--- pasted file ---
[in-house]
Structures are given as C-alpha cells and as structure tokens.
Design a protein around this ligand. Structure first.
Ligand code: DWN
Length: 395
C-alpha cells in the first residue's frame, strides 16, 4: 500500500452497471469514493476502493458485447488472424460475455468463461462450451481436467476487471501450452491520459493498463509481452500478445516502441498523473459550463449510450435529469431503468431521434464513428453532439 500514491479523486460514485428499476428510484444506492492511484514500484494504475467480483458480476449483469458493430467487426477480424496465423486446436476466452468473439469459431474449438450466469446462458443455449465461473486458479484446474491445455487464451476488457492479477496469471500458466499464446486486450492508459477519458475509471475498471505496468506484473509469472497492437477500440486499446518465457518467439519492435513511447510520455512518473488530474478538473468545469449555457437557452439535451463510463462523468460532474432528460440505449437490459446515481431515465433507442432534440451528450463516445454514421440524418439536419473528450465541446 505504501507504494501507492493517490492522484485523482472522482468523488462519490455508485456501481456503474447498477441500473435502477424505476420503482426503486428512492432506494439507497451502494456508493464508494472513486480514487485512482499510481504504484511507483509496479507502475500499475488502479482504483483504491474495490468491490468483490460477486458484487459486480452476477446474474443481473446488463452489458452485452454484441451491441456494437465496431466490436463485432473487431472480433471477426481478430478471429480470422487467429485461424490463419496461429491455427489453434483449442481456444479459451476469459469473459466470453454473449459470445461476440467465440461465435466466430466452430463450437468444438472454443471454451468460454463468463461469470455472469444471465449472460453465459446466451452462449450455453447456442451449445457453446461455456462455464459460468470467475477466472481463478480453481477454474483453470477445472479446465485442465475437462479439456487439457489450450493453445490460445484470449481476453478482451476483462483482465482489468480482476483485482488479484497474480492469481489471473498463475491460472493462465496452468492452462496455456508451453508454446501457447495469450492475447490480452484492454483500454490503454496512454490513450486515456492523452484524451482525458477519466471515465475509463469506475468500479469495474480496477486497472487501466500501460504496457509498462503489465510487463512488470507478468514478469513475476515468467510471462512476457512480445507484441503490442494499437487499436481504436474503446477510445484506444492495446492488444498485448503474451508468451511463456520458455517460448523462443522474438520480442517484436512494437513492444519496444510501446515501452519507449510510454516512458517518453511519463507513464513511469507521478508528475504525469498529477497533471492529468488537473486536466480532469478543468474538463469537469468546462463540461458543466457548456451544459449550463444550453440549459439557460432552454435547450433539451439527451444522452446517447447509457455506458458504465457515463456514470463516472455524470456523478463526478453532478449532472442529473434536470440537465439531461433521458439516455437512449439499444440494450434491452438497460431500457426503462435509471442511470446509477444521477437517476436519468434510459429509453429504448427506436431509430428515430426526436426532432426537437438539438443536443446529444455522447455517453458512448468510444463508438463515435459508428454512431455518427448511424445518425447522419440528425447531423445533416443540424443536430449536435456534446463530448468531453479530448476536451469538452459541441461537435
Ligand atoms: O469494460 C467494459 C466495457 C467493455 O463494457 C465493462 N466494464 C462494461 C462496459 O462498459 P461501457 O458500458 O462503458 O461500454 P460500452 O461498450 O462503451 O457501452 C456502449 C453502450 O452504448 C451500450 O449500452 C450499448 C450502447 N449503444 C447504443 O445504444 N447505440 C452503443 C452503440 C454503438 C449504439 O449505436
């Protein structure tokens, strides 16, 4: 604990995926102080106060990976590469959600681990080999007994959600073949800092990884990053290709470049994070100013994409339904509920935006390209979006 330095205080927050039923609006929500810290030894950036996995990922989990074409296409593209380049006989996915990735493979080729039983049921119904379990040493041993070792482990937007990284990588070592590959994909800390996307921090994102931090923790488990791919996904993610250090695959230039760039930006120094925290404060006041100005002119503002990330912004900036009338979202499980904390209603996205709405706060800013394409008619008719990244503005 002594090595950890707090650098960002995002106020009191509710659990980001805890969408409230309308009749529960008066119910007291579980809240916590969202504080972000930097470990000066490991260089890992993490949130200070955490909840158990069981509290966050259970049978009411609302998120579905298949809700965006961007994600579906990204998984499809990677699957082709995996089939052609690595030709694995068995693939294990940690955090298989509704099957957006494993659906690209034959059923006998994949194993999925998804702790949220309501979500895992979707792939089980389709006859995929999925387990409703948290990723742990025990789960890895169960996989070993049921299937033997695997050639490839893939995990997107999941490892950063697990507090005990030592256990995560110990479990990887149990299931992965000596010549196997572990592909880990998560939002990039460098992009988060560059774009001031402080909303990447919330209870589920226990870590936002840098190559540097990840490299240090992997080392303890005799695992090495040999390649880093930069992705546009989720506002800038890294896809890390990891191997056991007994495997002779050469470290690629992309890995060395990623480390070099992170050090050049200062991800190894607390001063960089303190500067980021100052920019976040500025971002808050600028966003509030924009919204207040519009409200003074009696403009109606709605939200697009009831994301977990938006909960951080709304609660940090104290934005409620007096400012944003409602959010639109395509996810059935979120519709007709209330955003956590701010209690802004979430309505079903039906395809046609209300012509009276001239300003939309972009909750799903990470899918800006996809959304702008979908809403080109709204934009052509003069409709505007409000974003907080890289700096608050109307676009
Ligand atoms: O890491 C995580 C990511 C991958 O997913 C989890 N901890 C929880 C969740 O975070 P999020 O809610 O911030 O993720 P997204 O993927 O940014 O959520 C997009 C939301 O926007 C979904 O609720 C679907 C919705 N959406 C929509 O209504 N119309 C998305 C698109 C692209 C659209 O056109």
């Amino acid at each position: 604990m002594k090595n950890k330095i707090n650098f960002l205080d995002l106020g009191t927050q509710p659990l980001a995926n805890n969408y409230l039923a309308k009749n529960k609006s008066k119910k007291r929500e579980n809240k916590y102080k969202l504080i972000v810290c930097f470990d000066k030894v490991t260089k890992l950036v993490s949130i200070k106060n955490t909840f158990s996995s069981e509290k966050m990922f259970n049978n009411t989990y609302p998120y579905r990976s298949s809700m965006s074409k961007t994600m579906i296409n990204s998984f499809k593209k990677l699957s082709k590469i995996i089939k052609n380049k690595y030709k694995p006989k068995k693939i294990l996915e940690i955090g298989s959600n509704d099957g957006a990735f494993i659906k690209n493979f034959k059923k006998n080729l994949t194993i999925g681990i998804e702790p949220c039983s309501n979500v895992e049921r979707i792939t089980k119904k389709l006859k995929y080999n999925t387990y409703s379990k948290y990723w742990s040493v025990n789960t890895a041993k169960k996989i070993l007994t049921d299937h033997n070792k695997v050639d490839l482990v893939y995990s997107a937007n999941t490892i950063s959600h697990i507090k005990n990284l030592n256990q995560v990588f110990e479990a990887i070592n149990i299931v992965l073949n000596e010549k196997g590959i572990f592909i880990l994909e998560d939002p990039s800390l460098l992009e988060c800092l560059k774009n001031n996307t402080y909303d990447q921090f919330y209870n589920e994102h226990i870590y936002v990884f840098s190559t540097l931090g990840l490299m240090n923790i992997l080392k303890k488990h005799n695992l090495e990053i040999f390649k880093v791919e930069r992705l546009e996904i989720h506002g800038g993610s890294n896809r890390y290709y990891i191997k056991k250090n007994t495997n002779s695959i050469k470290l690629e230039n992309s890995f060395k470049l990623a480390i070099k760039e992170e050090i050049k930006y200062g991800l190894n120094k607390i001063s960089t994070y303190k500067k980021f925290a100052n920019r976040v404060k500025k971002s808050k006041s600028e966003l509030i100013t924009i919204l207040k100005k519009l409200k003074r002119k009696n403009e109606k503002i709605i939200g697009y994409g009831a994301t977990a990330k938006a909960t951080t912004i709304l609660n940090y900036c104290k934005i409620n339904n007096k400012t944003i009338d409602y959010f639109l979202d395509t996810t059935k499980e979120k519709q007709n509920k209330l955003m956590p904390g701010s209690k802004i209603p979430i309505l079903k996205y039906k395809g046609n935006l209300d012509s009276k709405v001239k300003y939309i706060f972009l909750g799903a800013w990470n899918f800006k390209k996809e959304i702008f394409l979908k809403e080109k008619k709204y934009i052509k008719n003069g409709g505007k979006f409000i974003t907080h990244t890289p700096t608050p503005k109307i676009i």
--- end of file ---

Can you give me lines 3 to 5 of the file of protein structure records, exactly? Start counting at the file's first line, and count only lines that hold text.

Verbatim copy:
Design a protein around this ligand. Structure first.
Ligand code: DWN
Length: 395